Nonvenomous Snakes Around the Yard
June 25, 2005 updated 11/12/09
This is article number one in a series on nonvenomous or “good” snakes in Florida.
One of central Florida’s most familiar snakes is the "blacksnake" or, more properly, the southern black racer. The adult racer is a slender, satiny snake, plain black or slate gray with a white or gray chin and throat. Maximum length is about 70 inches, but most are 36-60 inches long. Black racers are nervous, irritable and fast-moving. When given a chance to escape, they generally do so very quickly. Unlike many snakes, the black racer hunts actively during daylight hours, one reason why they are frequently noticed. The eyes, with their rich, chestnut-brown irises, are large in relation to its head, betraying the racer's keen vision.
Part of the racer's success is due to its wide diet; they have been referred to as "slithering garbage pails." Racers capture a tremendous variety of animals, including other snakes, lizards, frogs, birds, rodents and insects. While hunting in open areas, the racer often raises its head high above the ground, cobra-style, to survey its surroundings better.
The black racer is a “good” snake as it is not poisonous and helps keep our rodent and insect population down. Leave them alone and let them do their job.
There are only two types of rat snakes native to Florida, but they are so variable in color and pattern you'd think there were many more. The red rat snake is usually some shade of yellowish-tan to orange, with a row of large, dark-edged red or rusty blotches down the center of the back. The black and white belly resembles a piano keyboard.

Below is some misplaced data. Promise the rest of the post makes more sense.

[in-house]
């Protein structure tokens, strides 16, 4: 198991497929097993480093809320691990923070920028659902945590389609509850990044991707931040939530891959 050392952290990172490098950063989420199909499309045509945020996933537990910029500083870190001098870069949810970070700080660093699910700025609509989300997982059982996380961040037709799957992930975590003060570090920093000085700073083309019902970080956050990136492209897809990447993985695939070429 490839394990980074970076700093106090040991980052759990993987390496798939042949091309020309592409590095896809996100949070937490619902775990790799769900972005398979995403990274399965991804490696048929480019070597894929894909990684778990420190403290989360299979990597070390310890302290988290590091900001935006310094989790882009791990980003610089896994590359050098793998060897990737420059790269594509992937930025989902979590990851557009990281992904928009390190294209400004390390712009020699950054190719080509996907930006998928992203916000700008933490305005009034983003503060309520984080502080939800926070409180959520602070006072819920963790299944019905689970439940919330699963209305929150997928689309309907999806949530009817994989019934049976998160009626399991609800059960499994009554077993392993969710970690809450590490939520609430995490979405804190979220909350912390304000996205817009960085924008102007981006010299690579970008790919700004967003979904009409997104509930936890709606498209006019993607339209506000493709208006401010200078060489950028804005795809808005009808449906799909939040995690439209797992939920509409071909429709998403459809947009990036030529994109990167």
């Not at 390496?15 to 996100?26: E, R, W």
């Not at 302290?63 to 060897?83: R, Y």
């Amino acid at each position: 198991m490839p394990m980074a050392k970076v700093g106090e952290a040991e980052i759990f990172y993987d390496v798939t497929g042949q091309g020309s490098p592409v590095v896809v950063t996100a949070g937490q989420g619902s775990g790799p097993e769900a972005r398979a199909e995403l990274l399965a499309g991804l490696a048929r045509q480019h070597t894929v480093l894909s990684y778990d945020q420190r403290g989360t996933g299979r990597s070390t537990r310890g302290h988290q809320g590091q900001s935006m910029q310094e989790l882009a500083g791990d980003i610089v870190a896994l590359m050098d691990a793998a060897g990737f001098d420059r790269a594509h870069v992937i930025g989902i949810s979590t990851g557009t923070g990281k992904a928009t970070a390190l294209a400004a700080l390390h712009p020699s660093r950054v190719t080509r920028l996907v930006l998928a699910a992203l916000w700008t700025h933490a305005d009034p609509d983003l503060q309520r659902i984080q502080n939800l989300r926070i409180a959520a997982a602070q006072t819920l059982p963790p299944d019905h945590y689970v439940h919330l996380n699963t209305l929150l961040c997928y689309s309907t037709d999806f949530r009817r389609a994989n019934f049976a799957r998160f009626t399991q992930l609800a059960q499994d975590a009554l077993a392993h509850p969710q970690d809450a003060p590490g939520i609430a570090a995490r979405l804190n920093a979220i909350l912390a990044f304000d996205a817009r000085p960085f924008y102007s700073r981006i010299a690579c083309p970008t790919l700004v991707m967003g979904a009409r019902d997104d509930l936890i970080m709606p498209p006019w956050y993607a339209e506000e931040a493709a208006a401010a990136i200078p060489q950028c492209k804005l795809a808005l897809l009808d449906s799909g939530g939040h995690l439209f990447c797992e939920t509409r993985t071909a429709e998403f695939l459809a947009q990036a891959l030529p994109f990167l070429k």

The other type of rat snake has several names to match its appearance, which varies in different parts of the state. Young of this species are gray with irregular darker gray blotches on the back. In the panhandle, the adults retain this color pattern and are known as the gray rat or "white oak" snake. Throughout most of the peninsula, however, the adults are orangish with four narrow, brown stripes running the length of the body. These are commonly called yellow rat or "chicken" snakes.
The red rat snake may grow to a length of 72 inches, but averages 30-48 inches. The gray and yellow rat snakes may reach a body length of 84 inches, but those most commonly seen are 42-72 inches. Both species are found throughout Florida in almost every habitat, but are shy and secretive, spending most of their time in trees, under brush and mulch piles, or inside old buildings and other structures.
Young rat snakes feed mostly on lizards and frogs, but adults graduate to rodents and birds, which they kill by constriction. They are quite useful in controlling rats and mice. Nonpoisonous rat snakes will defend themselves aggressively when cornered. When threatened, they may also vibrate their tails rapidly.
This is first in a series on good snakes you may find in your
Compiled by Ed Ayen, is a Master Gardener, affiliated with The university of Florida’s Institute of Food and Agricultural Sciences.